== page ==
Schedule of Speakers
UCSB Medieval Studies is proud to present this year's collquium
on the topic of sin and forgiveness. In the past few years, a number
of scholars working on premodern Europe have turned to the history
of the emotions: anger, grief, fear, guilt and contrition. This
is part of a borader turn towards new ways to think about subjectivity
in the past. Sin and forgiveness are particularly revealing of medieval
understandings of emotion because the Church required that sinners
experience contrition, an inner transformation, in order to be forgiven
and have a chance at salvation. Represenations of sin and forgiveness
allow glimpses of the complex ways in which late medieval people
understood interior experience. The speakers are a historian of
theology and popular religion, on the history of the Church's teaching
on deathbed forgiveness; an Anglo-Saxonist, on the dynamics of forgiveness,
understood as an exchange; an Italianist, on public representations
of the sins, performed by the boys in a late medieval Florentine
confraternity; an art historian on sixteenth-century wax devotional
images of sinners in hell and Purgatory. The format will be lectures
and then comments by UC faculty from different perspectives, including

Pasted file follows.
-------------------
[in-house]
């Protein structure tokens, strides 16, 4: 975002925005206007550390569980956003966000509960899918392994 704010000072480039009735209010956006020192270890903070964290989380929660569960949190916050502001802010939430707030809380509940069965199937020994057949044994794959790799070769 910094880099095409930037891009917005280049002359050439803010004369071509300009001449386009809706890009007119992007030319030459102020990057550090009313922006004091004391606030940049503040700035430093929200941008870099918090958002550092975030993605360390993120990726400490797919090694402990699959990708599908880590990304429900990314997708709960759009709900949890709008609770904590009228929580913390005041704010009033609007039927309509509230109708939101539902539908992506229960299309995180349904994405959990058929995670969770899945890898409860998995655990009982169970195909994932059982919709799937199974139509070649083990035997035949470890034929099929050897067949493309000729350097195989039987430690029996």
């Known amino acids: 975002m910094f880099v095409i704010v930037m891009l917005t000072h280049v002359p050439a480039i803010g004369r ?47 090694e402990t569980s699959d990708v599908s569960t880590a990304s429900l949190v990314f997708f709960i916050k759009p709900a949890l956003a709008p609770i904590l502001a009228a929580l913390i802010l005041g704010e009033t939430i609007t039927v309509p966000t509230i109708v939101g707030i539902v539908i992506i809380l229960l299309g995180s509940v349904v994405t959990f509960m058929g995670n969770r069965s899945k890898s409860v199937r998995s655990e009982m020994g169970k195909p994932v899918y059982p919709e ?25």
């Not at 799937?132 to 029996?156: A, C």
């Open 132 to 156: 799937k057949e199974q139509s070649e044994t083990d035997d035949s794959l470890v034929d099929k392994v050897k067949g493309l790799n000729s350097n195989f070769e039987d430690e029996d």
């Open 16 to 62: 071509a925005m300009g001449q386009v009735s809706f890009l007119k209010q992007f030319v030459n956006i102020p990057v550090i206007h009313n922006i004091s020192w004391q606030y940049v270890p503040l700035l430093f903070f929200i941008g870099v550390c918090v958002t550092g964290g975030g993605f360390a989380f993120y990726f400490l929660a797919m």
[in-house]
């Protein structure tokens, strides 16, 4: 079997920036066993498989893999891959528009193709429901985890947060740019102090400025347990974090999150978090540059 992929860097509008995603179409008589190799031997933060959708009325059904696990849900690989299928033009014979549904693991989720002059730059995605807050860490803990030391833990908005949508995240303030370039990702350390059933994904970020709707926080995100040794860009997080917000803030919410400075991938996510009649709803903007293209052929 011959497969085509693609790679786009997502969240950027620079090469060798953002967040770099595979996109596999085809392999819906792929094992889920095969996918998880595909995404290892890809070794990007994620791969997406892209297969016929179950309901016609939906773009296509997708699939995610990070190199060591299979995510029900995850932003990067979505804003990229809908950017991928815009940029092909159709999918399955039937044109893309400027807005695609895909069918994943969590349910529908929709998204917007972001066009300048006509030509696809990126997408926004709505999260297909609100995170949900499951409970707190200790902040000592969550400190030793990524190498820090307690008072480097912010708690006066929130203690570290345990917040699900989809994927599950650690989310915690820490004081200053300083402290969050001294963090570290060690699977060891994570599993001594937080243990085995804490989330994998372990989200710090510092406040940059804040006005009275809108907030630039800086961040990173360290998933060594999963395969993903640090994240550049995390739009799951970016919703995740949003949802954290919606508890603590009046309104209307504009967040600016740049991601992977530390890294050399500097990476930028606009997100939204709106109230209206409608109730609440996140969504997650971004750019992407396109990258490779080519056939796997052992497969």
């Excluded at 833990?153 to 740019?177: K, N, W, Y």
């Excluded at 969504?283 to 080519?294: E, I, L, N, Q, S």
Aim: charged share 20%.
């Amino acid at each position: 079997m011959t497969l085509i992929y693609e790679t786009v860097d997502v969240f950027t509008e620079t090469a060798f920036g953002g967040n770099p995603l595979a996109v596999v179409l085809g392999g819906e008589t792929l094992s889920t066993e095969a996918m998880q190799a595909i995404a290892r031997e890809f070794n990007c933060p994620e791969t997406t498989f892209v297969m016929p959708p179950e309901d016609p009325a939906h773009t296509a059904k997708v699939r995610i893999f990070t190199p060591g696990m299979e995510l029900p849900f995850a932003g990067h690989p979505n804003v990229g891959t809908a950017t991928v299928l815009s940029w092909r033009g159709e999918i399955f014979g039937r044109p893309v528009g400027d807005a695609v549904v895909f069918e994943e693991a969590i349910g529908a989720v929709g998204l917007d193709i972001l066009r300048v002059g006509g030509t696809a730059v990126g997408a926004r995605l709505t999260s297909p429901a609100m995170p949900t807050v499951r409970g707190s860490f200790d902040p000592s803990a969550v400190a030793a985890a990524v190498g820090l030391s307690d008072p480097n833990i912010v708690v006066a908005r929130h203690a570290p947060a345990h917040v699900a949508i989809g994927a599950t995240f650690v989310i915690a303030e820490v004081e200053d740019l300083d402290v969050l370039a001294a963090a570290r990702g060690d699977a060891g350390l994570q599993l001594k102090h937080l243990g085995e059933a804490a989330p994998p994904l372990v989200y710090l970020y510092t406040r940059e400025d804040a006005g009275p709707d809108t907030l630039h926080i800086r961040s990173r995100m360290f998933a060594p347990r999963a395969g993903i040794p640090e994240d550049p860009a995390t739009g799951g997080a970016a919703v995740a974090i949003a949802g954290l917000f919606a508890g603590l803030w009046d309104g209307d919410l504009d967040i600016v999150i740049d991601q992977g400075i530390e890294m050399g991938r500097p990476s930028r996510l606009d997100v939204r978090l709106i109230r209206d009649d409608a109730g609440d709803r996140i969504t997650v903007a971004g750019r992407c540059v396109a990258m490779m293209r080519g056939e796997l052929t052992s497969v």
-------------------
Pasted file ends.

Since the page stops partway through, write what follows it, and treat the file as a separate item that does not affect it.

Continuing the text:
psychoanalysis and gender studies.
Friday, January 24 2003
McCune Conference Center, IHC, 6th Floor HSSB
Thomas N. Tentler - 9:00 am
"Deathbed forgiveness from Abelard to Luther."
Professor Emeritus, History Department, University of Michigan.
Konrad Eisenbichler - 10:30 am
"Confratelli and Compagnacci: Sin, Boys, and Confraternities in Renaissance
Professor of Italian Studies and Director, Centre for Reformation and
Renaissance Studies, University of Toronto.
Allen J. Frantzen - 1:00 pm
"Pardon Me: The Scene of Confession in Anglo-Saxon England."
Professor, English Department, Loyola University of Chicago.
Christine Göttler - 2:30 pm
"Shaping the soul: Giovanni Bernadino Azzolino's wax figures of the Four
Last Things and their aristocratic owners."
Associate Professor of Art History, University of Washington.